Why Drug Cartels aren't qualified as Terrorist Organisations?
21 replies, posted
Recent watch of a movie Sicario 2 brought up a point about a thin line that is separating criminal cartels from terrorists working against underming society.
I took a dive into web and discovered that same discussion was going on for years and was wondering about facepunch's opinion on issue.
There's actually a really good book on the topic that I never got to read because of my life suddenly becoming incredibly busy called "Historical Perspectives on Organized Crime and Terror" by James Windle, John F. Morrison, Aaron Winter, Andrew Silke. It explores how historically organized crime and what would now be termed as terrorist acts often coincided with one another and were both used by their respective organizations for their purposes.
I think they're more like mafia and gangs than actual terrorists. Terrorists commit violence to push an ideology. Mafia, gangs, and drug cartels tend to commit violence for personal profit. (With some leeway regarding gangs but they still wouldn't fall under terrorists because that tends to be focused on another gang in particular or people the gang member personally knows.)
Buth both cartel and religios zealots bear marks of affinity toward certain mindset and gang mentality with constant infighting. Also you get rituals, bloodsheed based on cycle of revenge, aura of fear that is pressed onto locals they exploit. Soo no matter if their deity's name they do it for power and methods alighn. Heck, in a way spreading drugs is akin to spreading of extreme radical views, cause it entangles person in a tightly controlled hostile enviroment that bends his will.
The actions of cartels aren't done expressly for ideological or political aims. Thus, they're not terrorism. Classifying things as terrorism has more to do with the intent of the perpetrator, not the affects or nature of their actions.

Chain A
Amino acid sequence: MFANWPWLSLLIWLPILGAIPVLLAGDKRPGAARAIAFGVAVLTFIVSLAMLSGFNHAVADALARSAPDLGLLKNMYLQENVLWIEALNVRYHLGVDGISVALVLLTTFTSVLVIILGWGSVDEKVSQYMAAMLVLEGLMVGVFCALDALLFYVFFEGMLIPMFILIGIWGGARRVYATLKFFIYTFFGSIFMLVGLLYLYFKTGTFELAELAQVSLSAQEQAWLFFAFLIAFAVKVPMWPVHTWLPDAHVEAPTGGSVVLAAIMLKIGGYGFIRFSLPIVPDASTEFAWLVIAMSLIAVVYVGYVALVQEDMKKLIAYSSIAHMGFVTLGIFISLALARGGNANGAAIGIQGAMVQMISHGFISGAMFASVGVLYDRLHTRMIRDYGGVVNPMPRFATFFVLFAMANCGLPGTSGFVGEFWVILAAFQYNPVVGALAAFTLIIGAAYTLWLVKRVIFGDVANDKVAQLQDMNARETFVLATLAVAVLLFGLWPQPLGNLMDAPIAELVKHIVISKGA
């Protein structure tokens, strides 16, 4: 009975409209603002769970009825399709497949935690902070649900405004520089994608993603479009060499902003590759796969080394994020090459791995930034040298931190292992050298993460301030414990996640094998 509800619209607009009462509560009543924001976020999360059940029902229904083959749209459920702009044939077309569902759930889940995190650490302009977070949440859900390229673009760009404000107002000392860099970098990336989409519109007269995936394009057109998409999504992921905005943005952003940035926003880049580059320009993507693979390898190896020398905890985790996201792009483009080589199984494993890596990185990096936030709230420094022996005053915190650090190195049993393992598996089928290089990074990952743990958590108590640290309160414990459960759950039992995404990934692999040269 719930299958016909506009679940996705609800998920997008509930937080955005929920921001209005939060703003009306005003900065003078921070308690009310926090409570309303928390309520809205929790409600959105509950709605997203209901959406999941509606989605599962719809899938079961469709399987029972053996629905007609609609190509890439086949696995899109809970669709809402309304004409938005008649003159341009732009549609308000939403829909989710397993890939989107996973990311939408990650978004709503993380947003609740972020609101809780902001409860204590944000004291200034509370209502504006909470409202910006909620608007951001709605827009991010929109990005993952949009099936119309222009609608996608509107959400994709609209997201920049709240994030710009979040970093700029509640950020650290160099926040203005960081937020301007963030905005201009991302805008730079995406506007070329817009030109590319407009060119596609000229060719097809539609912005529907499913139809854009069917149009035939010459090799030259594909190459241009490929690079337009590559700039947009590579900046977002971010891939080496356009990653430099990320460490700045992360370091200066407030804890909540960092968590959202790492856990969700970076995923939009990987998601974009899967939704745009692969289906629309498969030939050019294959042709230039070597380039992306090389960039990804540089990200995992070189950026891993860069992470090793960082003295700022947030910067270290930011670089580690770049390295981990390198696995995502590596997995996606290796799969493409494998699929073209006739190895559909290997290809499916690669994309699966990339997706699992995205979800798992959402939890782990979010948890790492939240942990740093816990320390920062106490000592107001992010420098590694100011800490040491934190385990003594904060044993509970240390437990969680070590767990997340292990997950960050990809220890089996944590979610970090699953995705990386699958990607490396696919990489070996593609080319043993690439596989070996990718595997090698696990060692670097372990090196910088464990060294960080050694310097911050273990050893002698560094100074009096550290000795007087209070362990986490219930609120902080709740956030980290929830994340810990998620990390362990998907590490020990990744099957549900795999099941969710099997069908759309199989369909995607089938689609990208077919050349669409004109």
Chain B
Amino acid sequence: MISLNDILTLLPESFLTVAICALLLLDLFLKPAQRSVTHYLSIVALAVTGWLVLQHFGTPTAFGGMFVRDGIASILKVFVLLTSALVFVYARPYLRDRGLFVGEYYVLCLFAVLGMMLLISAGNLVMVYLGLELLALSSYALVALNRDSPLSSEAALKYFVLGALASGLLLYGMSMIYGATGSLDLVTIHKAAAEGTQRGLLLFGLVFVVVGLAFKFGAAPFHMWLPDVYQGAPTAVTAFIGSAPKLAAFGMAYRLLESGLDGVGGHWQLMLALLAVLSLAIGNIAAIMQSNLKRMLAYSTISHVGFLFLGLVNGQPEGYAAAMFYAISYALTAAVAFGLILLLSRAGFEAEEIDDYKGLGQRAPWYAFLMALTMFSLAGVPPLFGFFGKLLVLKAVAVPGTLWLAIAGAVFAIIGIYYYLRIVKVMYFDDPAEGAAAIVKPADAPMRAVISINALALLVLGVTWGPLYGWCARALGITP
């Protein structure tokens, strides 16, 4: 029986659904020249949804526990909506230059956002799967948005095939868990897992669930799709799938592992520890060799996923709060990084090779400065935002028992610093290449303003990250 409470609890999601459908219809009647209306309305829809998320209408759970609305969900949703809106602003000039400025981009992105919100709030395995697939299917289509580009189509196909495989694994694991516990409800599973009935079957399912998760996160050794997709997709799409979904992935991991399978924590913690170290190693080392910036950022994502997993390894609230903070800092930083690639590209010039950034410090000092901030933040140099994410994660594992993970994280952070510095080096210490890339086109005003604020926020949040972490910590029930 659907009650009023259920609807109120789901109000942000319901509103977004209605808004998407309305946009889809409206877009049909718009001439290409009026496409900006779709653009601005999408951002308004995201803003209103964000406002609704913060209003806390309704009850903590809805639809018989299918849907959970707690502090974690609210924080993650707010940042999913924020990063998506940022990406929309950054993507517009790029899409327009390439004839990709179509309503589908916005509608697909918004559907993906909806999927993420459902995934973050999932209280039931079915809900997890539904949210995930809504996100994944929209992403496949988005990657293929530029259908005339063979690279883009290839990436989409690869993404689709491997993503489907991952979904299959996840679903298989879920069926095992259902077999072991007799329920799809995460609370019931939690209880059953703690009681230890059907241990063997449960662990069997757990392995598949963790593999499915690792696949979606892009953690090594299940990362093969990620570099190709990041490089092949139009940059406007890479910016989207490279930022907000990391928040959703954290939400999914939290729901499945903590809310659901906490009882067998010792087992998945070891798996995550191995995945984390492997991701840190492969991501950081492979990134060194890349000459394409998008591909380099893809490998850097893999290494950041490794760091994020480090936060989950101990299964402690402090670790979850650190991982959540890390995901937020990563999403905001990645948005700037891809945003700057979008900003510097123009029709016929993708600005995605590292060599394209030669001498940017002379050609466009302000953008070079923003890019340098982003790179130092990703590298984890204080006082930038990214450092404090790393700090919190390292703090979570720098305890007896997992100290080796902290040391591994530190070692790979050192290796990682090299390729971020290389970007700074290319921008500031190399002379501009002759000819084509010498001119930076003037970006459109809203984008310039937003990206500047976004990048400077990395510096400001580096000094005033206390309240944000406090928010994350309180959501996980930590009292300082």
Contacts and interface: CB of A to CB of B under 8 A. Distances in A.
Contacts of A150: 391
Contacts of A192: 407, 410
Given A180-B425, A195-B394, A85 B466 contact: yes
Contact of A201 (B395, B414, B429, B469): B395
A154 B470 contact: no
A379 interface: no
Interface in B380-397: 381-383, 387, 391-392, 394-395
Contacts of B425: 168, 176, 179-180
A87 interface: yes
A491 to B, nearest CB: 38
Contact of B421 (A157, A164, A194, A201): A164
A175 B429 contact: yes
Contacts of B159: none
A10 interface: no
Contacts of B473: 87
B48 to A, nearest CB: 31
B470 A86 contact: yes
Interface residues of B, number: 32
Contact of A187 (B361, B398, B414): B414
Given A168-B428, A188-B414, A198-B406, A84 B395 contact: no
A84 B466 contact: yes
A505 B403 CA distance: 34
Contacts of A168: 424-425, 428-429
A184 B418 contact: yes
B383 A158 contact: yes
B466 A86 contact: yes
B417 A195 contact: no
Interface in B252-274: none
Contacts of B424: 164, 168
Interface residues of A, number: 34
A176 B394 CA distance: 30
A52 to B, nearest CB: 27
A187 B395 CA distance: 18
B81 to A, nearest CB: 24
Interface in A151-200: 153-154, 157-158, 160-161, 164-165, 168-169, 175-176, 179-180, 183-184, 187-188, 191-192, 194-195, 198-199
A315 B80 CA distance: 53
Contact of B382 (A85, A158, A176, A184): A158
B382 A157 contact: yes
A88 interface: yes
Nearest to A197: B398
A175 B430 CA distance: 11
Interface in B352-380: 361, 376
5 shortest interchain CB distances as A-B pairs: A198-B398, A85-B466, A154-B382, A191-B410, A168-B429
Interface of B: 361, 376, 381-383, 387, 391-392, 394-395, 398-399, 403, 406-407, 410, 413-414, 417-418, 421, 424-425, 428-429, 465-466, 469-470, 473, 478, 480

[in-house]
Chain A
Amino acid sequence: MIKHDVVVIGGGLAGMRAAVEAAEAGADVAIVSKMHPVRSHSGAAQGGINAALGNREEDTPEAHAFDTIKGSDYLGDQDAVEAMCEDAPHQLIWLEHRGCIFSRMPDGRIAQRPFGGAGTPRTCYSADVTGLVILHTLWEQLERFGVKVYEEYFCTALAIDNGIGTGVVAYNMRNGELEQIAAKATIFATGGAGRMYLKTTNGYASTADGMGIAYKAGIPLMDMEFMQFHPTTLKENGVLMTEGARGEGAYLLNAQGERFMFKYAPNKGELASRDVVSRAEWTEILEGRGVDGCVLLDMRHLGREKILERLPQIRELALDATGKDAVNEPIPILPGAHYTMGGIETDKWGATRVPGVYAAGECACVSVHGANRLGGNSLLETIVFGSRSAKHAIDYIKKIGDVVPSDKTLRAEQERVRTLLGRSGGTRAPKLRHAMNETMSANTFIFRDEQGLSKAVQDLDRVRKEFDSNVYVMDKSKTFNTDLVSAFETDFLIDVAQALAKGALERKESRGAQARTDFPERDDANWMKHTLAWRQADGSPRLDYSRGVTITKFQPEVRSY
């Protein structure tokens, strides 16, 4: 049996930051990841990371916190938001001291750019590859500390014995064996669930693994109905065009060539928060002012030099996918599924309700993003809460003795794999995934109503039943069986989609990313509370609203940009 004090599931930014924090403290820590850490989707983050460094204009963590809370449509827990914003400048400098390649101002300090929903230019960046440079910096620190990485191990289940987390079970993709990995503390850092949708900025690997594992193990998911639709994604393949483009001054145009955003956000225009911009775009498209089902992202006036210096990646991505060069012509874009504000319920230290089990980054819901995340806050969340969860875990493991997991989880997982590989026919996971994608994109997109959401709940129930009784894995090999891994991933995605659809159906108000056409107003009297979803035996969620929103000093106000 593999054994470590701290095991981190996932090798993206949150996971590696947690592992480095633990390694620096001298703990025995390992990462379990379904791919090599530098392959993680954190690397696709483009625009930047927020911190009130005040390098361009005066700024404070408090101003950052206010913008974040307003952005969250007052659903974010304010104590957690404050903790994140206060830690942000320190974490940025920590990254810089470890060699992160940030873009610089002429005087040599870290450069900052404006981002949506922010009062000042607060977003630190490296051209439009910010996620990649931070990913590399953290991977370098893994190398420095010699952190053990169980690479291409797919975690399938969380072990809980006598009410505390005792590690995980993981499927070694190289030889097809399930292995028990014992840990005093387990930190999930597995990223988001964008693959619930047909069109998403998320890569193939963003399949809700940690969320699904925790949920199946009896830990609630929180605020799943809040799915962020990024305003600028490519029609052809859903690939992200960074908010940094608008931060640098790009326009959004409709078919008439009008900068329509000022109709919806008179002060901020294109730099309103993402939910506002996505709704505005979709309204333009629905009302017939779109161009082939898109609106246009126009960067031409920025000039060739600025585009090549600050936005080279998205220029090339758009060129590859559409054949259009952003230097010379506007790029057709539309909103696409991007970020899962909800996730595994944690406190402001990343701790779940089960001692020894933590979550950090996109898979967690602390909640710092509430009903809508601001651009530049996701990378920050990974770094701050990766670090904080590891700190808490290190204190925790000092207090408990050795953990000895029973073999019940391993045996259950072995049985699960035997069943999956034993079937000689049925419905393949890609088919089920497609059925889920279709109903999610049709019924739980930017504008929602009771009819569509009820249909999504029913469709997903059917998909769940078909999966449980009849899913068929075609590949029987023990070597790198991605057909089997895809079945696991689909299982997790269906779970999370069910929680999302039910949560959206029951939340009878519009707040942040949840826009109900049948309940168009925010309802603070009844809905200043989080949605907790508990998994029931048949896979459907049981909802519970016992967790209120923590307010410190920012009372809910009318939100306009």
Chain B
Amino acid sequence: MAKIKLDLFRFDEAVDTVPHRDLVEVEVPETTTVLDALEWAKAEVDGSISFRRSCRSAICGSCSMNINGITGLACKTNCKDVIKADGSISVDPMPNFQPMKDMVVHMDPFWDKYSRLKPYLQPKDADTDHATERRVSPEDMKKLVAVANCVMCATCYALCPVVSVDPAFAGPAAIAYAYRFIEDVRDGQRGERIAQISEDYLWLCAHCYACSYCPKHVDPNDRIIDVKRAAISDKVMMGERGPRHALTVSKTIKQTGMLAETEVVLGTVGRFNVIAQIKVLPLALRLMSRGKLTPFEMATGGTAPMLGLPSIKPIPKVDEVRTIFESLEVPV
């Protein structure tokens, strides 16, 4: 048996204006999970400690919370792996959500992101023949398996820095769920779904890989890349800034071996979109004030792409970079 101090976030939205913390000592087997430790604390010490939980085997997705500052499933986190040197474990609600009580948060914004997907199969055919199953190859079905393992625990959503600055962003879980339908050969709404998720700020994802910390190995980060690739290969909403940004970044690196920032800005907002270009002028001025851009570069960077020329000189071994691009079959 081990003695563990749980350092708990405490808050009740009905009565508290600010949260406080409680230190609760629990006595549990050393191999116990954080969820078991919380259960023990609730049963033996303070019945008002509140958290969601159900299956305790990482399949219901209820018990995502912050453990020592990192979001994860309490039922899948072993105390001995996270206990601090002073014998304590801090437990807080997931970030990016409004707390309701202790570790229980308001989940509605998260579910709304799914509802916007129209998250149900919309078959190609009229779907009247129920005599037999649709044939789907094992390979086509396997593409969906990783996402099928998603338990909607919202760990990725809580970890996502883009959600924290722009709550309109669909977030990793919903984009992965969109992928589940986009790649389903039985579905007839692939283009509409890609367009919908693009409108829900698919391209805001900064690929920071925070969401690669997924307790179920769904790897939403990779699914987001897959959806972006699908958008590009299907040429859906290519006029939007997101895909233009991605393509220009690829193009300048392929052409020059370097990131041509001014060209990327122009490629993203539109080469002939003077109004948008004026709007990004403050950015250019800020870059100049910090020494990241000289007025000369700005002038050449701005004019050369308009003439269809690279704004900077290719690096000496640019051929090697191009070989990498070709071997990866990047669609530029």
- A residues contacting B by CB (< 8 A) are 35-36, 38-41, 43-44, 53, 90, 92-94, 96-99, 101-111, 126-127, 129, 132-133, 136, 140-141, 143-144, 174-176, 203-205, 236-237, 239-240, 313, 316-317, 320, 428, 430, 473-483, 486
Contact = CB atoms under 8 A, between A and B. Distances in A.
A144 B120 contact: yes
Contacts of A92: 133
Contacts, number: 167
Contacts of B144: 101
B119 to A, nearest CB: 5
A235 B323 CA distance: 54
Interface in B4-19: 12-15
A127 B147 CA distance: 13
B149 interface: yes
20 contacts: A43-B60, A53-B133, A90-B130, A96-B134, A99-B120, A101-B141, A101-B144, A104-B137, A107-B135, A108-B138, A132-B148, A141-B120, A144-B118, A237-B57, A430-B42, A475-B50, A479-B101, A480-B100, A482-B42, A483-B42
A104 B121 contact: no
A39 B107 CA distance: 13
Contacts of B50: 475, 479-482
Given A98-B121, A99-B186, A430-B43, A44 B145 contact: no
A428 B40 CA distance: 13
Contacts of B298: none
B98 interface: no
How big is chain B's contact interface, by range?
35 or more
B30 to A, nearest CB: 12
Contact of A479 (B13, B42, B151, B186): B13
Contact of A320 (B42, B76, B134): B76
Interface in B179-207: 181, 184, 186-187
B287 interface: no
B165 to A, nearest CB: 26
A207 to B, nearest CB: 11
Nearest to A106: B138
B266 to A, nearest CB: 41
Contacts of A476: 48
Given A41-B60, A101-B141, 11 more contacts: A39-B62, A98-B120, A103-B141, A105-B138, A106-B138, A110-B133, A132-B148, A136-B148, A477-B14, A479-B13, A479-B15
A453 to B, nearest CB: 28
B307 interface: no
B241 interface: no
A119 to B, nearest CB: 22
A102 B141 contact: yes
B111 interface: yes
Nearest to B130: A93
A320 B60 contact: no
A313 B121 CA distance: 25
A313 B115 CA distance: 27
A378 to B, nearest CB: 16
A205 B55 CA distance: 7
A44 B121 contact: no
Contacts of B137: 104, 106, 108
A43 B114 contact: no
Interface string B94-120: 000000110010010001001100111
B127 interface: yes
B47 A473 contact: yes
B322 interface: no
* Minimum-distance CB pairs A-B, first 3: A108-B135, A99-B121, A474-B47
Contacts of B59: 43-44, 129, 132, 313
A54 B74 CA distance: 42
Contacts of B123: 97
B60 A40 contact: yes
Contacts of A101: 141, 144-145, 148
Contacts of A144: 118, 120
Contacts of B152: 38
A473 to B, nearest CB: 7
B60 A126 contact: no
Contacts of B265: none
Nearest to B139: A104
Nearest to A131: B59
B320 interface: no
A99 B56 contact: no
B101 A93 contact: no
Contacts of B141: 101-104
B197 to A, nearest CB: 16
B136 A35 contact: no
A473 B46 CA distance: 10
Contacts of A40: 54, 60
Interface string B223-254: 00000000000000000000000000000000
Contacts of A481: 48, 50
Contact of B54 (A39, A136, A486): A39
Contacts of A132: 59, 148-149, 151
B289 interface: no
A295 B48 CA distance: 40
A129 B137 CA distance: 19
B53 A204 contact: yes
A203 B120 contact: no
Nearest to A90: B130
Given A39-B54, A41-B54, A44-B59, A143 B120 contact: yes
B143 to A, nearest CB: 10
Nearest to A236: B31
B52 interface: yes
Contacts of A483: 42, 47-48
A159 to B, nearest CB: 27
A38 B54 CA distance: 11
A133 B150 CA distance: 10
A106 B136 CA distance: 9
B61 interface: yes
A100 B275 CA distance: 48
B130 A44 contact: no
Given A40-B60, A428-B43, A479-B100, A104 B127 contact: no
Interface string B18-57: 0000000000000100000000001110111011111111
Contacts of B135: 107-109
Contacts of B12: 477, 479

Unlike the 'average' terrorist organisations that you'd expect, cartels, mafias and gangs also tend to corrupt and subvert governments or other systems, rather than out-right aiming for their destruction.
Which in my opinion makes them even more dangerous.
Aren't al queda also not constantly busy with bombing runs but also has a big territory of drug fields in Afganistan? Seems to do a bit less with political aims.
The problem is mostly that cartels are a fucking nightmare to unravel. We should be treating them as standing paramilitary forces[non-state actors], and putting them on trial at the Hague for war crimes. These fuckers make anything ISIS, Al-Qaeda, and others do look like the work of the tooth fairy. I have seen plenty of videos while browing /k/, as well as stuff shared around by militia groups, and none of it is pretty.
Just to give an idea: It's very common for these groups to physically skin people alive, and pour citric acid into the exposed muscle. All the while taking wine corkers and pulling out bones with them.
if there is soo much evidence, what is keeping goverment from inclusion of affiliated into list of organisations related to terrorism? do we really need such a narrow definition soo that soo many escape proper aplication of force just because misery they have inflicted on others is not strictly motivated by a fucking religion or political agenda?
but the taliban operates more like a cartel and we consider them a terrorist group.
From what I understand their trafficking and black market activity is used to fund their terrorist activity, not the other way around.
This is specifically one of the primary differences though. Drugs aren't a view. And in addition to this terrorists commit violence as the main method of spreading their ideology. Drug cartels commit violence but it's in the name of profit. They're protecting their enterprise. In a way a cartel is like a corporation, just operating entirely outside the law.